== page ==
Thursday, August 18, 2011

Out of the Darkness

The sun was shining as we stepped out of the car and walked the brief expanse across the warm, asphalt parking lot. My sister, Deb, and I had spent the morning at the Seattle Gift Show and we had driven across town to check out the permanent showrooms. The trip had taken us on the city streets through the commercial warehouse section of the city that we’d never seen. As we stepped up on the sidewalk, Deb notice the flowering trees and leaned into to it to check out the beautiful, white blossoms. The trees were located on the western side of the building, close to the awning which only provided it with afternoon and late afternoon sun. As a result, the trunks on the trees each had a distinctive bend to them…appearing to reach to the sunlight to the west.

“You know why the trees are leaning to the west, don’t you?” I asked my sister.

“Well yes,” she responded. “Plants always grow toward the light.”

“Actually the light is retarding the growth, I replied. "The growth is actually taking place on the dark side of the plant. The light is actually preventing the growth."

My comments stopped her in her tracks. I had taken college Botany close to 30 years ago and I remembered performing the experiments in the lab where light was only provided to a plant on one side and we would monitor the growth of the cells. In other experiments, we would measure the growth of plants where they had light 24 hours a day or where we would deny the plants light at all. What we discovered was that plants will grow faster then they don’t have any light at all…for a while anyway. If the light is restricted long enough, the plants will die. I know now my explanation wasn't completely scientifically correct, but it is the dark side that is actually growing taster.

As we drove back to Tacoma later that day, we talked about the light…and darkness…and growth. It is amazing when we think about the interaction that occurs between those three elements. And not only in plants, but in our lives as well.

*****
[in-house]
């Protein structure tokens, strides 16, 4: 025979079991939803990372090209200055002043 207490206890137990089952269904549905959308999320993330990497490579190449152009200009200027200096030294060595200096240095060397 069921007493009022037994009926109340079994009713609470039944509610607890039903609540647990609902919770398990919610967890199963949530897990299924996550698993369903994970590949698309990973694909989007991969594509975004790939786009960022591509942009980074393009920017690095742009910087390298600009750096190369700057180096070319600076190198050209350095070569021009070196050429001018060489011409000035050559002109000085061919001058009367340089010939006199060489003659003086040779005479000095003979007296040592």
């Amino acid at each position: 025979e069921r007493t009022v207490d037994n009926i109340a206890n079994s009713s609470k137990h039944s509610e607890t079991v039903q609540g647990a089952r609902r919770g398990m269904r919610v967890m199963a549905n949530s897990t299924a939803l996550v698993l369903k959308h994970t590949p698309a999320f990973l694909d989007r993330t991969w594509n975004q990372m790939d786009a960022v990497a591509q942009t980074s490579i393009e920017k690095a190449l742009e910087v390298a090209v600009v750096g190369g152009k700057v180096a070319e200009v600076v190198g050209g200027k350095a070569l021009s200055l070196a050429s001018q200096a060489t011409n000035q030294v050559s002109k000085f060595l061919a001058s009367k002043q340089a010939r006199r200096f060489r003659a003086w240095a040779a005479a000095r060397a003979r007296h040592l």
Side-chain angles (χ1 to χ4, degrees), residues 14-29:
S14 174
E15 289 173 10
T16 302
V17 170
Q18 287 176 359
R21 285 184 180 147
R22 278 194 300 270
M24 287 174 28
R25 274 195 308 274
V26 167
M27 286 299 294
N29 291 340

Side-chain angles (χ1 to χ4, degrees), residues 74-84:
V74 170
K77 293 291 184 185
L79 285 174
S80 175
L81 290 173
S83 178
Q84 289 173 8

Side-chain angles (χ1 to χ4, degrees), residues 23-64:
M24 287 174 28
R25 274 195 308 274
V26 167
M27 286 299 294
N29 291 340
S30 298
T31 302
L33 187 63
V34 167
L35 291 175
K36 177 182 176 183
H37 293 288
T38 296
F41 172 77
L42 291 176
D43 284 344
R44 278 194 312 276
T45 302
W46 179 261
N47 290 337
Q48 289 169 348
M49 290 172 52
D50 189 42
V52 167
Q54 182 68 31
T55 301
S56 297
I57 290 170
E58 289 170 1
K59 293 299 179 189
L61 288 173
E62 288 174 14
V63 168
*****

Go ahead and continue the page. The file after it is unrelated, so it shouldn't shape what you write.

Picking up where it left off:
Like many people, one of my phobias is the fear of the dark. I really think that it is a natural, innate fear in most of us that gets reinforced in a variety of ways throughout our life. For me, I had plenty of opportunities during my childhood to reinforce the fear. His name was Geoff (my little brother.) He seemed to take great pleasure in finding ways to startle…or outright terrify me in the dark on our farm in North Idaho. Eerie old barns and garages and trees gave him all the tools that he needed. Very few people like the dark.

But sometimes the seasons of our life can also be filled with darkness. They are times when we can’t see clearly what’s going on…or where we are headed…or what the future holds. I’ve been there more than once. The three years I spent in prison were one of the darkest times of my life. I saw a lot of men there who were slowly dying. Not in a literal sense, but dying nonetheless. They hadn’t learned the lesson of the plant.

An interesting phenomenon is actually occurring in the plant on the dark side…on the side away from the light. When the light strikes the plant, a hormone is produces that migrates to the cells located in the darkness. And this hormone causes an amazing thing to happen. It causes the plant cells on the dark side to stretch!! As a result, these elongated cells “bend” the plant toward the light (which we interpret as growing toward the light.) I love this lesson of nature because that’s what I need to do when I find myself in a season of darkness.

When we are surrounded by darkness, that’s when we have the opportunity to grow the most. We get stretched in ways we’ve never been torn before and find ourselves facing situations that we don’t have an answer for or an understanding of. The real growth in our lives occurs during the darkest times. It’s when we feel hated and ostracized that we can best learn to love and forgive. It’s when we are poor and have nothing that we learn the real value of giving…even if it means we give the last that we have. It’s when we are sickest that we appreciate what little health that we have remaining…or choose the live out the last days of our lives the best we can. It’s when we see someone that we love dying (or hear of their sudden death) that we examine the true value of every person’s life.